GALLATIN, Tenn. – March 30, 2012 – People began lining up at 1 a.m. By the time the 9 a.m. opening had arrived, the line included more than 150 people who had come for a supply of food from the Sumner County Food Bank.
At the monthly giveaway held at Liberty Baptist Church in Gallatin, Tenn., needy Sumner County residents receive a box of meat, a box of dry goods and a box of bread and pastries – plus apples, oranges and onions.
As people waited outside, volunteers inside prepared for the doors to open. They finished organizing the food – enough for 160 people – and received final instructions in the church’s sanctuary.
“You may be the only Bible some of these people ever read,” one of the organizers told them. Smile. Be nice.
Among the volunteers was a group of Union University students spending the week in nearby Hendersonville as part of a Global Outreach trip. Union sent out 12 such teams during spring break, both domestically and internationally, with about 150 students participating.
The Hendersonville team worked with Redeemer Church, a congregation started by Union University alumnus Jamie Mosley only 18 months ago. Union students helped Mosley and other church members with a variety of outreach efforts during the week, including a cookout at Volunteer State Community College, neighborhood evangelism and handing out water bottles at the YMCA.
“The stuff we’re doing this week, there’s no way we could pull it all off if we didn’t have a team,” Mosley said. “Everything we’re asking the team to do is pushing us as a church toward where we feel like we need to be, and they’re just helping us.”
Samantha Adams, a Union University junior from Glendale, Ky., said the trip taught her the importance of serving alongside other church members.
“I got to see how encouraging each other made a much bigger impact than I expected,” Adams said. “My teammates really did spur one another on to good works for God's glory.”
At the cookout at Vol State, the Union volunteers served hamburgers and hot dogs to about 150 people. By the end of their time that day, a sign-up sheet for students who were interested in participating in a Bible study contained more than 70 names.
During the morning at the Sumner County Food Bank, Union students helped organize and distribute the food, with the women handing out the food to those who had come, and the men loading the boxes on hand trucks and wheeling it out to vehicles.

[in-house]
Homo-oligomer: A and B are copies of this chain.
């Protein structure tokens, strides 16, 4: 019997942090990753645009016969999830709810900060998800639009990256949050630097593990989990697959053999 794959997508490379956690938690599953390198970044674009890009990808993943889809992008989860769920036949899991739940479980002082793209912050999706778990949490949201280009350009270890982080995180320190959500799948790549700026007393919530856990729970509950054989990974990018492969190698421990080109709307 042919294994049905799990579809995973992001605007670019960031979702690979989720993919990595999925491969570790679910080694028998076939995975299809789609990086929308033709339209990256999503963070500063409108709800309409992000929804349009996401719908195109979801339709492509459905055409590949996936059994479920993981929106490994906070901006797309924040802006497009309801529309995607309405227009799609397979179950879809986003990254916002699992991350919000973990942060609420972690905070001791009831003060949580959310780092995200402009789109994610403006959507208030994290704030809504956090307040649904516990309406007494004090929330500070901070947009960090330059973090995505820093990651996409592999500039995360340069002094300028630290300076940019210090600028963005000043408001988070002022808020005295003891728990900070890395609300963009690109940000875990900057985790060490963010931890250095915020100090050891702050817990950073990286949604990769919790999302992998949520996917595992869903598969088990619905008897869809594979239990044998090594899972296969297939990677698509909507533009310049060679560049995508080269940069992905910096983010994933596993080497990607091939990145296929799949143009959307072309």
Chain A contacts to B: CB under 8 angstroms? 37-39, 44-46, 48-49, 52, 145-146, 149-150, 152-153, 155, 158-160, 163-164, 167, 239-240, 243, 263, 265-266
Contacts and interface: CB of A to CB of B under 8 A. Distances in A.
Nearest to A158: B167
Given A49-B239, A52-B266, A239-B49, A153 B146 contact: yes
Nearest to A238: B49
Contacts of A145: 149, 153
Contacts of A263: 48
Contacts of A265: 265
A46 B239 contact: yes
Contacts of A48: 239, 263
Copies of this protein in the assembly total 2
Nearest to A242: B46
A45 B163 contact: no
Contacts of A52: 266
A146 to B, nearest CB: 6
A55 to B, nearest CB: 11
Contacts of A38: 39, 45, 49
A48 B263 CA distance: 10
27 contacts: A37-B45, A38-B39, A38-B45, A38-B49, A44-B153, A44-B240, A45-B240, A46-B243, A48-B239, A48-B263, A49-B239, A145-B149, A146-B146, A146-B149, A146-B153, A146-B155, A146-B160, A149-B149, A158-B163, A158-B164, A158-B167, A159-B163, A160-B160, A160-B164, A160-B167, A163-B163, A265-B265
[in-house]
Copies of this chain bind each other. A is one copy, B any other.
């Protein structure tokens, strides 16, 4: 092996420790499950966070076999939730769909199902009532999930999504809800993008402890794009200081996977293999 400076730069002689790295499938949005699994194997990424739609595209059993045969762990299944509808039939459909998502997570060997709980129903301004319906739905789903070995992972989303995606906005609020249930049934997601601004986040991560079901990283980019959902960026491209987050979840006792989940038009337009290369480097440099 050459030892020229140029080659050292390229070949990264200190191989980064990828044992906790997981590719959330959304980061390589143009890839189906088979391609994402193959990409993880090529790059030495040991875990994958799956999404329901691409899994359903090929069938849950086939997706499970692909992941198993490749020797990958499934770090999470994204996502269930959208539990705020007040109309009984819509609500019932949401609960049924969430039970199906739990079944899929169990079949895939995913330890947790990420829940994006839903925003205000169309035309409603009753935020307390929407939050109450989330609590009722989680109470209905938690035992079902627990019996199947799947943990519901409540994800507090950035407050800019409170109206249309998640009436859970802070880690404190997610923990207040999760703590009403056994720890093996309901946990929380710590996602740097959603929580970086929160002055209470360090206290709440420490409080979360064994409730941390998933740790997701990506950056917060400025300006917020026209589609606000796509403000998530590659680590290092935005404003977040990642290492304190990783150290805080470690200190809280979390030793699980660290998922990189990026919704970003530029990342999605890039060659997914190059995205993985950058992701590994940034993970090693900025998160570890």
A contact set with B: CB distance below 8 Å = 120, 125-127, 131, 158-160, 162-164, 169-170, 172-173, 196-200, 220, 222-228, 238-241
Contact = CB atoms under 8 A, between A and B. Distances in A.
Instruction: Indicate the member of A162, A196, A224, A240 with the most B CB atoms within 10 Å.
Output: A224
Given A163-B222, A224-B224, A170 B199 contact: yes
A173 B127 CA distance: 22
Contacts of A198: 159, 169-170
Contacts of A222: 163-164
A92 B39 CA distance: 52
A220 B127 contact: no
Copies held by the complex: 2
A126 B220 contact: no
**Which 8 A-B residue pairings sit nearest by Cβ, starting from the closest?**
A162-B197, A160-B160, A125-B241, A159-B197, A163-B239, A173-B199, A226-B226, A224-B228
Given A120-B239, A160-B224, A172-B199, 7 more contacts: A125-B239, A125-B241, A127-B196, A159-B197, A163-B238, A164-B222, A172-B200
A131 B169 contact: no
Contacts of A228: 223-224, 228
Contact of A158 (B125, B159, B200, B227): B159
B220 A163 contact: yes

At other times during the week, the Union students walked through local neighborhoods, talking to residents and handing out flyers inviting them to a cookout that Redeemer Church was holding.
“We’ve had some great opportunities to get out and to serve,” said Union enrollment counselor Matthew Marshall, who led the team. “We were able to give out free food and have a lot of really good conversations about Christ and about the gospel.”
Marshall added that the members of Redeemer Church “have been encouraged by our being here, and it’s kind of emboldened them to get out as well into the community.”
Such an impact on the church members was one of Mosley’s goals. Most churches have ideas for types of ministry, but get busy with other things and never get around to those ideas, he said. By having the Union team on the calendar, it forced him and other church members to pursue the outreach efforts they had been planning to do.
“Everything they’re doing this week feels like a shotgun, but the thread that holds it all together is, these are things that we desire to do as a church,” Mosley said.
For Adams, the week was a reminder of what she and other Union students can do not just on special mission trips, but every week of the year.
“Seeing Redeemer Church members seeking to be bold about the gospel in their neighborhoods challenged me,” she said. “Everything we did in Hendersonville we could also do in a five-minute’s walk off Union’s campus.”